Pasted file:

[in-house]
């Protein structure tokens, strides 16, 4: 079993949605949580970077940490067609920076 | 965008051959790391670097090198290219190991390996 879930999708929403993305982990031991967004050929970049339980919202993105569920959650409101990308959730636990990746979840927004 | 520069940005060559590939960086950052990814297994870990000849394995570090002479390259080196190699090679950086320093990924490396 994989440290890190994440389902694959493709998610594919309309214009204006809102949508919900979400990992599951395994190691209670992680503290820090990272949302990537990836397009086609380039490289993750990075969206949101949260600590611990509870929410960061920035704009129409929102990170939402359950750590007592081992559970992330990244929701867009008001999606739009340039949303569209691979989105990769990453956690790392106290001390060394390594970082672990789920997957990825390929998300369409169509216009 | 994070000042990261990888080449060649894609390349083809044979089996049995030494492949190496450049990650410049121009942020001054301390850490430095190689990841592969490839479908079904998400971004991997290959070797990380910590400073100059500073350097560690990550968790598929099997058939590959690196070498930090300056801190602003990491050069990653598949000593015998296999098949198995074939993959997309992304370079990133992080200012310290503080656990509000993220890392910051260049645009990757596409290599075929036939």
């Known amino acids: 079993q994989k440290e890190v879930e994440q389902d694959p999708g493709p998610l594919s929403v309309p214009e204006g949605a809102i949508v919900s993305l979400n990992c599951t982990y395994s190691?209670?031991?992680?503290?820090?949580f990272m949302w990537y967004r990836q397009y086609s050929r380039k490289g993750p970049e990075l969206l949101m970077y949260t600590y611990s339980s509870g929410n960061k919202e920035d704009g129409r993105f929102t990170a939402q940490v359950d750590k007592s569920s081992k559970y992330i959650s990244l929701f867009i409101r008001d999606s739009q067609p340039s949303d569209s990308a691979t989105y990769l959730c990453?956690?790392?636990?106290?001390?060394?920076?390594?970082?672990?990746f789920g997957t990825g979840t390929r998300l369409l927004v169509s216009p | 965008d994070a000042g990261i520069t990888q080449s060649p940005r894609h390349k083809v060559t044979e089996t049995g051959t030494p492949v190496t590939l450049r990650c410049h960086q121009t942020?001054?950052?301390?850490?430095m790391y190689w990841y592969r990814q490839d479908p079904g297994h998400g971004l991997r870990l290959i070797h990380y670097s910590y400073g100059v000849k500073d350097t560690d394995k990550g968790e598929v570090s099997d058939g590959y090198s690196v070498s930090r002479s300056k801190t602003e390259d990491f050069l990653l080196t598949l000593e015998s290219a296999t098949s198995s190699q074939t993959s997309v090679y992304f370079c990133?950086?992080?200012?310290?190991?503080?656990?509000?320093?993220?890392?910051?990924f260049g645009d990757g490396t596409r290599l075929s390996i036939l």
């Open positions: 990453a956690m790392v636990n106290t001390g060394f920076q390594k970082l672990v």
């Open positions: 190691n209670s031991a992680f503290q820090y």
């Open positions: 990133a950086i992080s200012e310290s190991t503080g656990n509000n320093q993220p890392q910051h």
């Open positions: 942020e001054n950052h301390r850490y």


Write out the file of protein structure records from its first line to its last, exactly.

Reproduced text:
[in-house]
């Protein structure tokens, strides 16, 4: 079993949605949580970077940490067609920076 | 965008051959790391670097090198290219190991390996 879930999708929403993305982990031991967004050929970049339980919202993105569920959650409101990308959730636990990746979840927004 | 520069940005060559590939960086950052990814297994870990000849394995570090002479390259080196190699090679950086320093990924490396 994989440290890190994440389902694959493709998610594919309309214009204006809102949508919900979400990992599951395994190691209670992680503290820090990272949302990537990836397009086609380039490289993750990075969206949101949260600590611990509870929410960061920035704009129409929102990170939402359950750590007592081992559970992330990244929701867009008001999606739009340039949303569209691979989105990769990453956690790392106290001390060394390594970082672990789920997957990825390929998300369409169509216009 | 994070000042990261990888080449060649894609390349083809044979089996049995030494492949190496450049990650410049121009942020001054301390850490430095190689990841592969490839479908079904998400971004991997290959070797990380910590400073100059500073350097560690990550968790598929099997058939590959690196070498930090300056801190602003990491050069990653598949000593015998296999098949198995074939993959997309992304370079990133992080200012310290503080656990509000993220890392910051260049645009990757596409290599075929036939």
């Known amino acids: 079993q994989k440290e890190v879930e994440q389902d694959p999708g493709p998610l594919s929403v309309p214009e204006g949605a809102i949508v919900s993305l979400n990992c599951t982990y395994s190691?209670?031991?992680?503290?820090?949580f990272m949302w990537y967004r990836q397009y086609s050929r380039k490289g993750p970049e990075l969206l949101m970077y949260t600590y611990s339980s509870g929410n960061k919202e920035d704009g129409r993105f929102t990170a939402q940490v359950d750590k007592s569920s081992k559970y992330i959650s990244l929701f867009i409101r008001d999606s739009q067609p340039s949303d569209s990308a691979t989105y990769l959730c990453?956690?790392?636990?106290?001390?060394?920076?390594?970082?672990?990746f789920g997957t990825g979840t390929r998300l369409l927004v169509s216009p | 965008d994070a000042g990261i520069t990888q080449s060649p940005r894609h390349k083809v060559t044979e089996t049995g051959t030494p492949v190496t590939l450049r990650c410049h960086q121009t942020?001054?950052?301390?850490?430095m790391y190689w990841y592969r990814q490839d479908p079904g297994h998400g971004l991997r870990l290959i070797h990380y670097s910590y400073g100059v000849k500073d350097t560690d394995k990550g968790e598929v570090s099997d058939g590959y090198s690196v070498s930090r002479s300056k801190t602003e390259d990491f050069l990653l080196t598949l000593e015998s290219a296999t098949s198995s190699q074939t993959s997309v090679y992304f370079c990133?950086?992080?200012?310290?190991?503080?656990?509000?320093?993220?890392?910051?990924f260049g645009d990757g490396t596409r290599l075929s390996i036939l």
């Open positions: 990453a956690m790392v636990n106290t001390g060394f920076q390594k970082l672990v």
């Open positions: 190691n209670s031991a992680f503290q820090y």
């Open positions: 990133a950086i992080s200012e310290s190991t503080g656990n509000n320093q993220p890392q910051h």
């Open positions: 942020e001054n950052h301390r850490y």